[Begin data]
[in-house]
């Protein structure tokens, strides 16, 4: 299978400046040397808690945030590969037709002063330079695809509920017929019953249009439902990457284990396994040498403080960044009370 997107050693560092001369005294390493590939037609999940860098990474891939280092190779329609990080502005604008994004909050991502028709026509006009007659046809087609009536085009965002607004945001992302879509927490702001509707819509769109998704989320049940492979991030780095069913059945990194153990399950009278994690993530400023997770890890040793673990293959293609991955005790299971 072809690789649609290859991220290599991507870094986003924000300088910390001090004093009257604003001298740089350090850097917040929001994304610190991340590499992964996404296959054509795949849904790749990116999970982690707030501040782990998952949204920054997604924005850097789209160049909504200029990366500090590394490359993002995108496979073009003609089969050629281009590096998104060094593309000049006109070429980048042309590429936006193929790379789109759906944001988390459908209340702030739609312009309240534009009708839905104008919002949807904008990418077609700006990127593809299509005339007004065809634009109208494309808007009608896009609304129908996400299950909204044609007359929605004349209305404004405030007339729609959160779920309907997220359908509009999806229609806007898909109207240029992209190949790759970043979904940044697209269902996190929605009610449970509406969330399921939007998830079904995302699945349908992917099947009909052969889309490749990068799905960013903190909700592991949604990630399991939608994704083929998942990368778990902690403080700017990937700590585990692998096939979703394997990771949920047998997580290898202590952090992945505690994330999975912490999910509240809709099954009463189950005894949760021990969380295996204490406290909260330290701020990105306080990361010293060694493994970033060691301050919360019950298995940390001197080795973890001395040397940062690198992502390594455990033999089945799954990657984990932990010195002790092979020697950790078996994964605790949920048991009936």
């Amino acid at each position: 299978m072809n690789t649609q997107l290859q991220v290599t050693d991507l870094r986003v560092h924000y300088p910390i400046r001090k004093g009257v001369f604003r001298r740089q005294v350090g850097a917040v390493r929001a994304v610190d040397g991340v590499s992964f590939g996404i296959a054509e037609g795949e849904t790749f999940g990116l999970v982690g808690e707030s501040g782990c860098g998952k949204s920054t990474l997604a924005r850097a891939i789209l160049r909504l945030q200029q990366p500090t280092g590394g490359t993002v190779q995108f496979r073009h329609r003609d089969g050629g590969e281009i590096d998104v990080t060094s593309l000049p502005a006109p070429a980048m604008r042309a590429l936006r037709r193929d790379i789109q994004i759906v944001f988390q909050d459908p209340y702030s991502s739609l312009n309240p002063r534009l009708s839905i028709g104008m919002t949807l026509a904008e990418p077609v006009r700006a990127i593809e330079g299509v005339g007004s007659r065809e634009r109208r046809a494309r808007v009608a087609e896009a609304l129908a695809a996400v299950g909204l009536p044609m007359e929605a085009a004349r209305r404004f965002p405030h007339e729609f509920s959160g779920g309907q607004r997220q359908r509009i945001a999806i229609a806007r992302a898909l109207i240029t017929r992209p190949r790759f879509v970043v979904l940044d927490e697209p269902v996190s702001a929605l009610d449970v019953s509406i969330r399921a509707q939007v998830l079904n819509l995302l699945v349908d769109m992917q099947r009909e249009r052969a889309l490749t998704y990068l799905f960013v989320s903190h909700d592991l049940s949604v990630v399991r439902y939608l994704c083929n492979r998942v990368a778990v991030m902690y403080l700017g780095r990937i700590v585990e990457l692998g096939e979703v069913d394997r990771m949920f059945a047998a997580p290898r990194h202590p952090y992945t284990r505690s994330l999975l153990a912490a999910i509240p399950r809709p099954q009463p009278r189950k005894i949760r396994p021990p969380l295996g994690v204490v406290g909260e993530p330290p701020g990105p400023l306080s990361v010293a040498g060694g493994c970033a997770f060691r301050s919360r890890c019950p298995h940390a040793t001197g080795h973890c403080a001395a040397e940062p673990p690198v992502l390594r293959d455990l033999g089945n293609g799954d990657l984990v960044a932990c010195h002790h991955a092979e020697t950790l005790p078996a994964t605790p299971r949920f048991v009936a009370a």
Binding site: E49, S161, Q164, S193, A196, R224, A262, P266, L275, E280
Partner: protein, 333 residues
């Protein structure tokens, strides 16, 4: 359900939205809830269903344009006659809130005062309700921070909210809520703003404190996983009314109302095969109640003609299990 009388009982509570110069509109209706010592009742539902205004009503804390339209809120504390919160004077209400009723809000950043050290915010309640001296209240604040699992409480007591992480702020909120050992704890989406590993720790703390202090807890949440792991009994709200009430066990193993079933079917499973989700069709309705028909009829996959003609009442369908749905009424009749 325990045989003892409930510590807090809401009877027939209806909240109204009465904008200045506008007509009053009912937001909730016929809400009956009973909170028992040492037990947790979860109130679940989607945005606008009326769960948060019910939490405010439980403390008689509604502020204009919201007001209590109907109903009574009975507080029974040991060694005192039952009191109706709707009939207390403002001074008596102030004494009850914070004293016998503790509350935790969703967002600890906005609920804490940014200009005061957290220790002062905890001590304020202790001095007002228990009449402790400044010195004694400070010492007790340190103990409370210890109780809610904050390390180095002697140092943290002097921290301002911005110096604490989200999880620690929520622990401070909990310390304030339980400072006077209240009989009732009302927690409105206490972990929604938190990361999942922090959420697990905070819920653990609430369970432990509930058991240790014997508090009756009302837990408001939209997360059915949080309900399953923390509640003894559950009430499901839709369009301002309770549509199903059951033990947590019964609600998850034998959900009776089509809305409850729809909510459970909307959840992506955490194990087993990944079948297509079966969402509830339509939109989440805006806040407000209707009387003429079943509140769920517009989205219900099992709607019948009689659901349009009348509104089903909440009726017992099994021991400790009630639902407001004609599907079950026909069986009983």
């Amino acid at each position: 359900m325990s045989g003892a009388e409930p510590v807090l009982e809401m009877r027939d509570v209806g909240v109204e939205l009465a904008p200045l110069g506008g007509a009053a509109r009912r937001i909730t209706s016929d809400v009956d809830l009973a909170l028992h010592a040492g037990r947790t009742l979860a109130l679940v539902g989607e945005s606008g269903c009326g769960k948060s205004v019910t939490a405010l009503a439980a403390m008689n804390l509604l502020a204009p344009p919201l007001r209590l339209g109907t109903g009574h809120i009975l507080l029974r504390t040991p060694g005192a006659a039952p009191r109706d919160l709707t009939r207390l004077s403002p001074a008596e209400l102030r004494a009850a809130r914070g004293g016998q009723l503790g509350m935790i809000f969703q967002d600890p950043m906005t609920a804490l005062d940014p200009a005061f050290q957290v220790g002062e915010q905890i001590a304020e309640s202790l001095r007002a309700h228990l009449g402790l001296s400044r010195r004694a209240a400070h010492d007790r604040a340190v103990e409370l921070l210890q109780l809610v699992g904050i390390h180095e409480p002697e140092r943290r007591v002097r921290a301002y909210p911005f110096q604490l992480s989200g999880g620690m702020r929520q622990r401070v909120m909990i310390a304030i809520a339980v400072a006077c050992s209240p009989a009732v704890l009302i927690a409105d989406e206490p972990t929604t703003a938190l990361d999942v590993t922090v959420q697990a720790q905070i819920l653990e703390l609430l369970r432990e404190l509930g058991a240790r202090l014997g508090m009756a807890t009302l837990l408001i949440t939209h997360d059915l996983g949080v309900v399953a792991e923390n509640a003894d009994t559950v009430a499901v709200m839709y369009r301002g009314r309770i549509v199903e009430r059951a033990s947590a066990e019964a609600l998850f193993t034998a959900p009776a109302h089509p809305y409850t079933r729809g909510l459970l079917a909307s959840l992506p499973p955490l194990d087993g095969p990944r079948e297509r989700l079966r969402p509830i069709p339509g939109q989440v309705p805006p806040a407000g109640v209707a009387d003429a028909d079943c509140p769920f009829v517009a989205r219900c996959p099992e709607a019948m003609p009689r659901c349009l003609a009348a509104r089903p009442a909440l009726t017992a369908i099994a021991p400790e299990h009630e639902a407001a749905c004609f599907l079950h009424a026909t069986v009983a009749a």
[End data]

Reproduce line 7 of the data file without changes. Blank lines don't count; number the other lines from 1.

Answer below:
């Amino acid at each position: 359900m325990s045989g003892a009388e409930p510590v807090l009982e809401m009877r027939d509570v209806g909240v109204e939205l009465a904008p200045l110069g506008g007509a009053a509109r009912r937001i909730t209706s016929d809400v009956d809830l009973a909170l028992h010592a040492g037990r947790t009742l979860a109130l679940v539902g989607e945005s606008g269903c009326g769960k948060s205004v019910t939490a405010l009503a439980a403390m008689n804390l509604l502020a204009p344009p919201l007001r209590l339209g109907t109903g009574h809120i009975l507080l029974r504390t040991p060694g005192a006659a039952p009191r109706d919160l709707t009939r207390l004077s403002p001074a008596e209400l102030r004494a009850a809130r914070g004293g016998q009723l503790g509350m935790i809000f969703q967002d600890p950043m906005t609920a804490l005062d940014p200009a005061f050290q957290v220790g002062e915010q905890i001590a304020e309640s202790l001095r007002a309700h228990l009449g402790l001296s400044r010195r004694a209240a400070h010492d007790r604040a340190v103990e409370l921070l210890q109780l809610v699992g904050i390390h180095e409480p002697e140092r943290r007591v002097r921290a301002y909210p911005f110096q604490l992480s989200g999880g620690m702020r929520q622990r401070v909120m909990i310390a304030i809520a339980v400072a006077c050992s209240p009989a009732v704890l009302i927690a409105d989406e206490p972990t929604t703003a938190l990361d999942v590993t922090v959420q697990a720790q905070i819920l653990e703390l609430l369970r432990e404190l509930g058991a240790r202090l014997g508090m009756a807890t009302l837990l408001i949440t939209h997360d059915l996983g949080v309900v399953a792991e923390n509640a003894d009994t559950v009430a499901v709200m839709y369009r301002g009314r309770i549509v199903e009430r059951a033990s947590a066990e019964a609600l998850f193993t034998a959900p009776a109302h089509p809305y409850t079933r729809g909510l459970l079917a909307s959840l992506p499973p955490l194990d087993g095969p990944r079948e297509r989700l079966r969402p509830i069709p339509g939109q989440v309705p805006p806040a407000g109640v209707a009387d003429a028909d079943c509140p769920f009829v517009a989205r219900c996959p099992e709607a019948m003609p009689r659901c349009l003609a009348a509104r089903p009442a909440l009726t017992a369908i099994a021991p400790e299990h009630e639902a407001a749905c004609f599907l079950h009424a026909t069986v009983a009749a």